Nelson Mandela day has become an international day.

Original image: “Nelson Mandela Day: Rebuilding homes in Long Beach” by john.gillespie is licensed under CC BY-SA 2.0


Since the work centred around Mandela Day was well aligned with the UN’s Millennium Development Goals, these activities were easily promoted across the globe. 

And, adding to Nelson Mandela Day efforts was acknowledged as a meaningful way to build on achieving the UN Sustainable Development Goals that came into action in 2016. 

This move allowed the global community to be part of celebrating Nelson Mandela’s humanitarian efforts. It also meant that more people became part of driving the momentum of Mandela Day and its contribution to achieving global goals of sustainable development. 

Which sustainable development goals are highlighted by Mandela Day?

With its origins in the Southern tip of Africa, Mandela Day activities are generally based on the challenges faced by the South African community as well as the broader community of sub-Saharan Africa.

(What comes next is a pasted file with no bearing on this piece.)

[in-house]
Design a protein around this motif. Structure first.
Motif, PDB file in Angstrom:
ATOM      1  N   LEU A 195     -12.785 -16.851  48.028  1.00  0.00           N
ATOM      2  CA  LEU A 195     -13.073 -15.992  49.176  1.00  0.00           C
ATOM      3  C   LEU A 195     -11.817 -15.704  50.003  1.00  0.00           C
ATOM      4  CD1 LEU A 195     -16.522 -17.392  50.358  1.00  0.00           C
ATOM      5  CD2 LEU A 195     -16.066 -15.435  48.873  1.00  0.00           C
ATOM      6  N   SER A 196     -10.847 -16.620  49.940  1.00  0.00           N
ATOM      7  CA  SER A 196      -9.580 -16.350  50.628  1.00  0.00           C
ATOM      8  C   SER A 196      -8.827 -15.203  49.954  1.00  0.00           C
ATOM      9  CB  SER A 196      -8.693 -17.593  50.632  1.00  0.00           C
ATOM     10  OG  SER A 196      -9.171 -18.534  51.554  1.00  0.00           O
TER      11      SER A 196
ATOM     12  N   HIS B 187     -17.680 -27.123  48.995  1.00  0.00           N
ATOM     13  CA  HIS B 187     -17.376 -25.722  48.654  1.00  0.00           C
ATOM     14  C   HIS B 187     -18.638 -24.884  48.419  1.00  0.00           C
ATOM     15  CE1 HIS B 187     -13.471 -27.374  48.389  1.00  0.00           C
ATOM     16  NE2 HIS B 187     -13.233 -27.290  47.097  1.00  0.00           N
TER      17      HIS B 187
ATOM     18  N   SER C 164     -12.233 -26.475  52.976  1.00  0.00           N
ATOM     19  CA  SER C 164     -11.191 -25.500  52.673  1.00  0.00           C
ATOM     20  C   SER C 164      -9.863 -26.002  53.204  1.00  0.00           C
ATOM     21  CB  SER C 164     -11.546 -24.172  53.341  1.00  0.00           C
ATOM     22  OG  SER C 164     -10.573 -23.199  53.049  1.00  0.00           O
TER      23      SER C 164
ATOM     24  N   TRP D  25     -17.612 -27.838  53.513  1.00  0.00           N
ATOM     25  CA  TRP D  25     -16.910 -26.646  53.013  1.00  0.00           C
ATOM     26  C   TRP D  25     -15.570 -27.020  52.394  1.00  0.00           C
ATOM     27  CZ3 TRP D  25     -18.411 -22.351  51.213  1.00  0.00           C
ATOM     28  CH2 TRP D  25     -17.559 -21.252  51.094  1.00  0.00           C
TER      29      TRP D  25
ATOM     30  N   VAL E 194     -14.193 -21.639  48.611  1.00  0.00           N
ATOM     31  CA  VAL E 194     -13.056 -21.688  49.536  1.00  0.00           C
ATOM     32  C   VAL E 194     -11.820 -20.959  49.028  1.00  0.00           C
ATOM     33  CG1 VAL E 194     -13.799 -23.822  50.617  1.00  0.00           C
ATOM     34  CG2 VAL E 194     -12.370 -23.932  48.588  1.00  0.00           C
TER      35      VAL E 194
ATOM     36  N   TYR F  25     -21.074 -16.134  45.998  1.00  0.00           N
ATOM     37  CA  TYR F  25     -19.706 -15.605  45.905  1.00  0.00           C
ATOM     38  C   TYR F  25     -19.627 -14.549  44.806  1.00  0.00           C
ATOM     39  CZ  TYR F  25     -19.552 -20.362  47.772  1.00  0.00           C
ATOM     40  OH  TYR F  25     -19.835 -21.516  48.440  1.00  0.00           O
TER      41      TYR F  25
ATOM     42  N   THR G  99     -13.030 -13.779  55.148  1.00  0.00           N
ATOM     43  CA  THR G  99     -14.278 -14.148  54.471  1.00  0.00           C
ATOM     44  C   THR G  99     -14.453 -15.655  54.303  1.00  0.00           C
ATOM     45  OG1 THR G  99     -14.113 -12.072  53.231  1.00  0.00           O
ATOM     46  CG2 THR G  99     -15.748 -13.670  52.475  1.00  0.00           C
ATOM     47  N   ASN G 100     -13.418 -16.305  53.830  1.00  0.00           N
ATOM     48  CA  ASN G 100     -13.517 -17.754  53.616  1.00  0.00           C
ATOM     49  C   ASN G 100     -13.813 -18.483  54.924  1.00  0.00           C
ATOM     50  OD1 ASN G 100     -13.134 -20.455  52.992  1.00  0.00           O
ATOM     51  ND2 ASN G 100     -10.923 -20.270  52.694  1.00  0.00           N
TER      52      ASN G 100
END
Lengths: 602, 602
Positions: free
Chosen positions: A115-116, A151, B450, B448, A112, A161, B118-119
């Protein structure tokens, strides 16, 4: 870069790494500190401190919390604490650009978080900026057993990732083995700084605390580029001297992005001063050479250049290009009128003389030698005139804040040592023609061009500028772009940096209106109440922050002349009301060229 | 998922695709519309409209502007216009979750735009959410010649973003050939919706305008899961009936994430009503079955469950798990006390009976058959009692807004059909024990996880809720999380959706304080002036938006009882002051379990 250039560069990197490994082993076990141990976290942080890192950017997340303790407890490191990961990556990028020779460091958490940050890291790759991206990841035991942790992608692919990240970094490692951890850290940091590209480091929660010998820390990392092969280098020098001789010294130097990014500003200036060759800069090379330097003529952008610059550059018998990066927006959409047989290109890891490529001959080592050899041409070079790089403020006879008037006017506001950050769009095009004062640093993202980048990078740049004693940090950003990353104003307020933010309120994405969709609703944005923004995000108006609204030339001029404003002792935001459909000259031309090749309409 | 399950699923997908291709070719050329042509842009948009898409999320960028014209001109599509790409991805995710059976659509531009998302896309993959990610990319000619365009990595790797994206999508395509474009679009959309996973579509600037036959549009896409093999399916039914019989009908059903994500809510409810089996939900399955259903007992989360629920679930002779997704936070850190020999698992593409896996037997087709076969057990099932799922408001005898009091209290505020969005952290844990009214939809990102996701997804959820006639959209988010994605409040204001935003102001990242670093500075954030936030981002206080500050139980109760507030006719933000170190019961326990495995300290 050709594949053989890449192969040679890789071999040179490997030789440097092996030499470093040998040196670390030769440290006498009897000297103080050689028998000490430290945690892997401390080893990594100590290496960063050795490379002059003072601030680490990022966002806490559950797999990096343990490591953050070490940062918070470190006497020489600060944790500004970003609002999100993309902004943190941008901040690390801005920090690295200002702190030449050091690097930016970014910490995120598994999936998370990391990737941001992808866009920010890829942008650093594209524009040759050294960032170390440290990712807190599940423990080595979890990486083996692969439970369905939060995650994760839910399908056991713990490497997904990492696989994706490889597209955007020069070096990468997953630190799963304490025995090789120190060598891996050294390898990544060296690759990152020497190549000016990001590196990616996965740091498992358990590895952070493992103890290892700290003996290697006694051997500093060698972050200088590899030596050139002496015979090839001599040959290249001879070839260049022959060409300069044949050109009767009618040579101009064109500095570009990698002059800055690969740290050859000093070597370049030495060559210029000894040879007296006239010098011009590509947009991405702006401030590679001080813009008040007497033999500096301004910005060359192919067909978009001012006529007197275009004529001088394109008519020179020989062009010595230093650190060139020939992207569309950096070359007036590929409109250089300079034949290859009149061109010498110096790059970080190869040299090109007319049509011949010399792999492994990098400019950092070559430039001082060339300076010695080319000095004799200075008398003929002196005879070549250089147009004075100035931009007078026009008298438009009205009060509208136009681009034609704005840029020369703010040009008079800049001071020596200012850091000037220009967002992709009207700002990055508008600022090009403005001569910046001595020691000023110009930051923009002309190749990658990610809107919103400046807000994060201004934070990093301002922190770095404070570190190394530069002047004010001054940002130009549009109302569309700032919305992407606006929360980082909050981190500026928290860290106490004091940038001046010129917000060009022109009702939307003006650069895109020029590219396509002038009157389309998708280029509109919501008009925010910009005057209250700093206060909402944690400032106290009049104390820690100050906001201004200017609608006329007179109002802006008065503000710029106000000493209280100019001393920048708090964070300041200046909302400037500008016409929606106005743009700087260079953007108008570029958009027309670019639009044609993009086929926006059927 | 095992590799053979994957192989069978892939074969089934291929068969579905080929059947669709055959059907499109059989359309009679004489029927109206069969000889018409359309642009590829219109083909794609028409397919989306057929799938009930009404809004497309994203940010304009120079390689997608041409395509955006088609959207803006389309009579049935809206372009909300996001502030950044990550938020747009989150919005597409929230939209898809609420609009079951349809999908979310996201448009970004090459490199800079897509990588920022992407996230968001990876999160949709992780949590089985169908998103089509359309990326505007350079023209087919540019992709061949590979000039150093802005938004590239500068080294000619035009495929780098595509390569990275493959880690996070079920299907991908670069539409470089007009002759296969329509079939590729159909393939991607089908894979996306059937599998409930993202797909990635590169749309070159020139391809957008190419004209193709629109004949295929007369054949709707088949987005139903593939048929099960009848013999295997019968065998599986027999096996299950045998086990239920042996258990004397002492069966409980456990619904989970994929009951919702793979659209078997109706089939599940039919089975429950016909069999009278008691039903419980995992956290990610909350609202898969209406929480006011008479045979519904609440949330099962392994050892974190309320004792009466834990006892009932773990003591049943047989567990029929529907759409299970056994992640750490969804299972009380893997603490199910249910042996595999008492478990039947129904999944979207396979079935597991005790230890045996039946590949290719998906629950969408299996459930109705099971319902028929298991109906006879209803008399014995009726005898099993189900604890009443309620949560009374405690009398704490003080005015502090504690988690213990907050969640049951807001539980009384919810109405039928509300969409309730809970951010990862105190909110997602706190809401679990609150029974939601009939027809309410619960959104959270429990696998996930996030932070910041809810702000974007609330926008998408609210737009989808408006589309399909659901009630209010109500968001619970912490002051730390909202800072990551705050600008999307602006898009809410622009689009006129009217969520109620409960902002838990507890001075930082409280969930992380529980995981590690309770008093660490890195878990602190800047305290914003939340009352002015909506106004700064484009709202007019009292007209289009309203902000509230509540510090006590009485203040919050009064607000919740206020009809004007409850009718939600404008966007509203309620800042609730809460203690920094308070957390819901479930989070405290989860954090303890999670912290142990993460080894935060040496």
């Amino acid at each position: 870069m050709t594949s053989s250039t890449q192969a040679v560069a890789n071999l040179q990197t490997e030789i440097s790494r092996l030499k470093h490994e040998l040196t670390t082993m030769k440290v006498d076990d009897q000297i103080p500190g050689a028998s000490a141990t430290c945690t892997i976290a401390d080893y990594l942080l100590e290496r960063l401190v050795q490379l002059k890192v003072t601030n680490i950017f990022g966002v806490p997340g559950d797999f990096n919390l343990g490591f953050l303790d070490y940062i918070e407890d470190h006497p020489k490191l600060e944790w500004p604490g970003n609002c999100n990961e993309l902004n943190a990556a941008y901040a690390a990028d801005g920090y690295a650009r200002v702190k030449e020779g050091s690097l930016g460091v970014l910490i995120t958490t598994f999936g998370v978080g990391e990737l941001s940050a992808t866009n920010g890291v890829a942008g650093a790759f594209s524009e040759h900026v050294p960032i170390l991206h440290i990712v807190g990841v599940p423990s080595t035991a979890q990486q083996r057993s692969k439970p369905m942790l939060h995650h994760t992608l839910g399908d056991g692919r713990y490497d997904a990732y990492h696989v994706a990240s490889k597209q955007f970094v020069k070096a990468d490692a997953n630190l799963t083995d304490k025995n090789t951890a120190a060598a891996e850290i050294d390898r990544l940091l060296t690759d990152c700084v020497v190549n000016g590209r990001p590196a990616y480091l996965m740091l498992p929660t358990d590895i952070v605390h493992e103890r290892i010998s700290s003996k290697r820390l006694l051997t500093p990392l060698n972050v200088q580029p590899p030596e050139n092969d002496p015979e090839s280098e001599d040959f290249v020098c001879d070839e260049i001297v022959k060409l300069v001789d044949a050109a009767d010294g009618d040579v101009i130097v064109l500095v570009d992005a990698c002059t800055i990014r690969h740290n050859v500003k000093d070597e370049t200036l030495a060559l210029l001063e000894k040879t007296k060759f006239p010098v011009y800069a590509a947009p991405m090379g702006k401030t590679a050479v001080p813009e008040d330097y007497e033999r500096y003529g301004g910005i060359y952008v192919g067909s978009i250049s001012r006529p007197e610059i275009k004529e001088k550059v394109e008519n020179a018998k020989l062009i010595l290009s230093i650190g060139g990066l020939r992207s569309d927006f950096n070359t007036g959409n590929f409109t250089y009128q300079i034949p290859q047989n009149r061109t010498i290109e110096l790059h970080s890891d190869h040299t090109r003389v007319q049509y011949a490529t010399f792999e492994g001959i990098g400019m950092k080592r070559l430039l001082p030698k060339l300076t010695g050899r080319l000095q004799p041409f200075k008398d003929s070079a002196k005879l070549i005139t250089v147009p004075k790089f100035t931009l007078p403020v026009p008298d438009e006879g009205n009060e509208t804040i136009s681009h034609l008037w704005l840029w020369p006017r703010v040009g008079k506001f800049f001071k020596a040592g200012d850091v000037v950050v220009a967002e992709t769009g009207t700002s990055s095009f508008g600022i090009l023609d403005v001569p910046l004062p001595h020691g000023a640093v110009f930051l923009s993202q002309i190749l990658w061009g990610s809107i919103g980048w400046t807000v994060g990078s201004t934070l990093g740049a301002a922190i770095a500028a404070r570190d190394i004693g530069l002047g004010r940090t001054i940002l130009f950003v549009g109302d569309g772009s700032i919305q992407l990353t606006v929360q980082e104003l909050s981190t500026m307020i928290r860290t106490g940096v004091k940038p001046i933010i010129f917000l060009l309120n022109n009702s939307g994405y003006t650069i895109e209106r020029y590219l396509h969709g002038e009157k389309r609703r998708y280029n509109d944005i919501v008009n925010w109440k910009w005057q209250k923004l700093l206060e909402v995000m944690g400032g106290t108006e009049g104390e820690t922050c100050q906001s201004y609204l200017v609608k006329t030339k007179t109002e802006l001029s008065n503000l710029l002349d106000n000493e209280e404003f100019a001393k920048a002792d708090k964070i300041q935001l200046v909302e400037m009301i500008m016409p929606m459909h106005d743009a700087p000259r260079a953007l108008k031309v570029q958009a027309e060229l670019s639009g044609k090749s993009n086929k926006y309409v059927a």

One of Mandela’s most famous quotes speaks to the essence of Nelson Mandela Day: “Poverty is not an accident. Like slavery and apartheid, it is man-made and can be removed by the actions of human beings. ”

“Action against Poverty” is one of the overarching themes of Mandela Day, since poverty is one of the biggest factors affecting the well-being of South Africans today. For this reason, all of Mandela Day’s objectives focus on addressing the causes and effects of poverty. 


A Cape Town based GVI participant helps a child read.


These are some of most important areas of sustainable development in Africa that are highlighted by Mandela day:

  • building on employment rates and income stability
  • addressing the effects of the climate crisis
  • supporting family structures
  • addressing high crime rates
  • adding to access to quality education
  • promoting sustainable business practices.

Further reading: GVI Cape Town staff: Why work in sustainable development?

While these activities build on all of the sustainable development goals in some way, they have the following goals of sustainable development at their core:

Nelson Mandela Day’s contribution to sustainable development in Africa and abroad aims to address global challenges while implementing the values that Mandela endeavoured to embody: fighting injustice, working for equality for all people, assisting people in need and practising reconciliation.